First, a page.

Flashcards in Molecular Mechanisms Of Protein-Coupled Receptors Deck (21):
What are the four major targets of drugs?
3. Ion Channels
What is a receptor?
Receptors are target molecules through which soluble physiological mediators can produce their desired biological effects.
Example: agonist attaches onto the receptor and this causes a signal transduction reaction that causes arteriolar dilation.
What are the four different types of receptors that exist?
1. Ligand Gated ion Channels (Ionotropic Receptors)- e.g. nicotinic acetylcholine receptors
2. G Protein coupled Receptors (metabotropic receptors) e.g. adrenoceptors, opioid receptors (for pain relief)
3. Enzyme Coupled Receptors- e.g. growth factor and insulin receptors
4. Nuclear Receptors- e.g. Oestrogen and bile acid receptors
What is a G Protein Coupled Receptor?
1. Seven transmembrane domains- found normally on cell surface (bundled together)- form the pore
2. Couple to G proteins to initiate signal transduction
3. GPCRS currently represent more than half the current drug targets
What are Class A: Rhodopsin-like?
1. Seven transmembrane domains- Alfactory
2. Short N-terminus
3. Agonists bind with extracellular hoops and intracellular hoops and transmembrane domains
4. Majority of prescribed GPCR drugs target class A- agonists are small so can target certain receptor molecules
5. Beta-adrenoceptors, histamine receptors, dopamine receptors
What are Class B: Secretin-like?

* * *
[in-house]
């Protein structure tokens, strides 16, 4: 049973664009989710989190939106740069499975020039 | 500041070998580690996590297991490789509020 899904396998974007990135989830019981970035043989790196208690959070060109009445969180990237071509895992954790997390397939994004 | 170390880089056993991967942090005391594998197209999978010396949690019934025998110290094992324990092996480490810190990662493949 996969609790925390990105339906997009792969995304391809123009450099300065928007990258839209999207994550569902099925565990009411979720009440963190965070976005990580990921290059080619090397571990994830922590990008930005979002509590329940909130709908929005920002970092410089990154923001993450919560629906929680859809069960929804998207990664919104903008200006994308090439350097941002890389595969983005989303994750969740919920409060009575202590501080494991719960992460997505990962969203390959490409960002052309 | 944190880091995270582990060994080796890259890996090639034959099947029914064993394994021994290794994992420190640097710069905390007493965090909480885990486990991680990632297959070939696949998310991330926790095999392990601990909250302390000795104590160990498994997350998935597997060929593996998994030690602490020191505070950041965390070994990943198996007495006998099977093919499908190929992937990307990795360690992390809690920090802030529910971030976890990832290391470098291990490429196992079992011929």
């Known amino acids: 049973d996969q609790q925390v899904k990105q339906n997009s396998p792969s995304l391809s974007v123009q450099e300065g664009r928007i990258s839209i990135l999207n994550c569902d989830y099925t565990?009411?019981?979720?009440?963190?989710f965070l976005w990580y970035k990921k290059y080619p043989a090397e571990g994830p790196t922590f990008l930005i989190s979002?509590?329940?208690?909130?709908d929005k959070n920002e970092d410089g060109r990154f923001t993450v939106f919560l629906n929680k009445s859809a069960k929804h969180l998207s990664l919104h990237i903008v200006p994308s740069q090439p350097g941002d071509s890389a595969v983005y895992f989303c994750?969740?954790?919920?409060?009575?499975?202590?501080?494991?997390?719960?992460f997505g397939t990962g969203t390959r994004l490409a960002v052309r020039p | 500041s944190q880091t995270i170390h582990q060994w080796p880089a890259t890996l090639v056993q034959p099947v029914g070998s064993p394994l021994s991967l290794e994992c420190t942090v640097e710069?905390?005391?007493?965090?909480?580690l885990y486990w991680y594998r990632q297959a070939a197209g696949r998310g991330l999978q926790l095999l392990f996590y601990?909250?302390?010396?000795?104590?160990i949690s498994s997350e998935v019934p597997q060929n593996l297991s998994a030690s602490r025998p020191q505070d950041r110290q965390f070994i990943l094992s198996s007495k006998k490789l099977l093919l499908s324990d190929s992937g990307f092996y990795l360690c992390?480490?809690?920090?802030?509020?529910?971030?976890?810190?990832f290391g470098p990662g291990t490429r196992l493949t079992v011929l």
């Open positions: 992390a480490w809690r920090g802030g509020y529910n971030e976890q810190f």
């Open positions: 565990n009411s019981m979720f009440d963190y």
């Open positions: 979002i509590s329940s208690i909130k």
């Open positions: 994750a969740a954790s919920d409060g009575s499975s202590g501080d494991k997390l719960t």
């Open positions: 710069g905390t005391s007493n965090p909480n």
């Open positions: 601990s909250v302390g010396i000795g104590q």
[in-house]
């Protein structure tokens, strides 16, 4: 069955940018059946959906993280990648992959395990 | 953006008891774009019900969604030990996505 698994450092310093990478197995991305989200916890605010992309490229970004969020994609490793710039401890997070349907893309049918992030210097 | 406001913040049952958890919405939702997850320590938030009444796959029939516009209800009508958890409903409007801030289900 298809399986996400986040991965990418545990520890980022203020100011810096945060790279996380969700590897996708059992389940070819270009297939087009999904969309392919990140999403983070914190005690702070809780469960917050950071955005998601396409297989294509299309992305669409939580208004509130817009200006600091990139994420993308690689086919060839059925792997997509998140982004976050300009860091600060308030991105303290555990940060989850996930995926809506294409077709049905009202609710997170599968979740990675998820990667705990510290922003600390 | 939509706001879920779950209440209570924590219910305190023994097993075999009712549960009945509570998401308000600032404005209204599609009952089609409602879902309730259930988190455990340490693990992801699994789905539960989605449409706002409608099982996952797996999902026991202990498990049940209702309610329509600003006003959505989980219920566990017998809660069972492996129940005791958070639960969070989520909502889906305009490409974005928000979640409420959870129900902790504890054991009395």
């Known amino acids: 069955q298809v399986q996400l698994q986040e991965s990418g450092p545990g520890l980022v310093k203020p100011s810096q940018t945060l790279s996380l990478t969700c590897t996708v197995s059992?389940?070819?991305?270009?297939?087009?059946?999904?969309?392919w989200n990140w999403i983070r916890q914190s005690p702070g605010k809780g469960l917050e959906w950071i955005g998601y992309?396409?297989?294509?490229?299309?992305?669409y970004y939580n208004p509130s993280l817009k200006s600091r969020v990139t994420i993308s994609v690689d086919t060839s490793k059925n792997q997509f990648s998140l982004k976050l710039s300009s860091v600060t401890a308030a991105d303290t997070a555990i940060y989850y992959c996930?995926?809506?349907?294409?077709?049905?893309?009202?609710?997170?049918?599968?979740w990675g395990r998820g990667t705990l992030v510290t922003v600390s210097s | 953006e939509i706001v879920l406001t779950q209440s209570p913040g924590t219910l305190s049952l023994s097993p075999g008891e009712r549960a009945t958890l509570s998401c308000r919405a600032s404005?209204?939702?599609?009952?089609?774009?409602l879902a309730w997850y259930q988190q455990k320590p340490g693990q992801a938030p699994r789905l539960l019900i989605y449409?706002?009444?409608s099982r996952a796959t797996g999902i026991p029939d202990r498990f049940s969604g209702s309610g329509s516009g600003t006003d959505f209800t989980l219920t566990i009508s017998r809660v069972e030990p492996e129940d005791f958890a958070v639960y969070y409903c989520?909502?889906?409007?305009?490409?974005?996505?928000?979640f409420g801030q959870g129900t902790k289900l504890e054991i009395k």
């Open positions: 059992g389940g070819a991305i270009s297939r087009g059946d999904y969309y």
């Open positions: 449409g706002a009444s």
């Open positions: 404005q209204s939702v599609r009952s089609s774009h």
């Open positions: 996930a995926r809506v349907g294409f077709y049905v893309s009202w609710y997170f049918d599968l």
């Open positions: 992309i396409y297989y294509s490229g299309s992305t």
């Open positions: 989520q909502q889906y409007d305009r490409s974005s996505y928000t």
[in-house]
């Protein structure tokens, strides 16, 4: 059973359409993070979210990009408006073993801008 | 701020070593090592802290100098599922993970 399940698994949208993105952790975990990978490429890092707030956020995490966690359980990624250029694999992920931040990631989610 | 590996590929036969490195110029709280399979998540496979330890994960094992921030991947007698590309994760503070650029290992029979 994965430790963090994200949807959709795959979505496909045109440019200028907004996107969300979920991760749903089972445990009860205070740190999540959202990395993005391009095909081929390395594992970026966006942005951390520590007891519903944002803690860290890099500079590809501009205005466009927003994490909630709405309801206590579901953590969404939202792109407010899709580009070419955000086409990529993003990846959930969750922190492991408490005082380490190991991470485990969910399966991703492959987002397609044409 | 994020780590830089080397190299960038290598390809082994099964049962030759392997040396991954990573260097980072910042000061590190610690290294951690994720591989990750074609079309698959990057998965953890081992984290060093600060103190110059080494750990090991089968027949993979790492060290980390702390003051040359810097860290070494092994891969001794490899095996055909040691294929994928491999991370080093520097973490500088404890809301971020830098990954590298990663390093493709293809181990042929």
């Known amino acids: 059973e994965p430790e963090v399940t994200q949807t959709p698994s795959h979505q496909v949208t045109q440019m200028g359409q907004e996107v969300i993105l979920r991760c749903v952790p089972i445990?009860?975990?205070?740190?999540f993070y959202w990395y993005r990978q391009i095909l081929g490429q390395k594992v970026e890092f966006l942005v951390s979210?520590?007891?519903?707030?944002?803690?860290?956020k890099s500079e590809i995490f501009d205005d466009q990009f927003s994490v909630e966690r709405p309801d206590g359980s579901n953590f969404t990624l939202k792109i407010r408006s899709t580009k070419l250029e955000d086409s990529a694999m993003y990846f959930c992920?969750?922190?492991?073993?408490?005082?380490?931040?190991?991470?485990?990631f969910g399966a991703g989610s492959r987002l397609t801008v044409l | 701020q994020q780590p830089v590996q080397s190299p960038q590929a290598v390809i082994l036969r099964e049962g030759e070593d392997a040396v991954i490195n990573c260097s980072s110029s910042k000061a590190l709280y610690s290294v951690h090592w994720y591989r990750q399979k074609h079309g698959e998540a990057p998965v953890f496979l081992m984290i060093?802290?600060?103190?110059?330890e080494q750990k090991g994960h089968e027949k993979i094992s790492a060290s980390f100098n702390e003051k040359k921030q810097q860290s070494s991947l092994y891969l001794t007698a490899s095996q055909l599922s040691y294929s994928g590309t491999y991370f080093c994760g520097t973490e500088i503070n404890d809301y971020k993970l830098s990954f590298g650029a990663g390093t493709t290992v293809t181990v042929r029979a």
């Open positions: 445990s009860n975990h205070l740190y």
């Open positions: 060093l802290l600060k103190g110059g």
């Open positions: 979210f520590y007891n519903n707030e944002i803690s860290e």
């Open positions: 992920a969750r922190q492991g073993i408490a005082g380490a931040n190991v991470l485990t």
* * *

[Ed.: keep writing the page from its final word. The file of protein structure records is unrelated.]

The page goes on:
1. Seven transmembrane domain
2. Large, globular N terminus- plays role in agonist binding
3. Currently no small molecule drugs on market to target these receptors
4. Secretin, calcitonin and glucagon (role in metabolism of glucose) receptors
What are Class C: Metabotropic glutamate?
1. Seven transmembrane domain
2. Very large N-terminal domain binds agonists and form obligatory dimers
3. Few small molecule drugs on market
4. Metabotropic glutamate receptors, GABAb receptors
5. Ready made dimers
How are GPCRS activated? How does the biological signal cross the membrane after bound by a ligand?
1. Agonist attaches to the GPCR which changes the shape of receptor- different shape charge
2. Forms a Heterotrimeric G protein unit formed of alpha, beta and gamma types- can now bind the G proteins
3. The Heterotrimeric G Protein alpha unit binds to the tail that displaces GDP (GTPase activity) which phosphorylates it to GTP
3. The G protein changes it's location and interacts with the enzyme which activates a cellular response
4. When the G protein is deactivated the G protein takes the steps backwards
What are the signalling events triggered by G proteins in the stimulatory G protein?
1. Activated GPCR
2. G subunit protein (stimulatory) promotes adenylate cyclase activitiy
3. Causes ATP to turn into cAMP
to activate Protein kinase A
4. Example: Beta1- adrenoceptors
How are G protein receptors activated?
Activated by diverse signals- photons (eyes), hormone, peptides, peptidases
What is the olfactory and non-olfactory in relation to G proteins?
Olfactory- based on taste buds and smell and Non-olfactory
What are the signalling events triggered by G proteins in the inhibitory G protein?
1. Activated GPCR
2. G subunit protein (inhibitory) blocks adenylate cyclase activity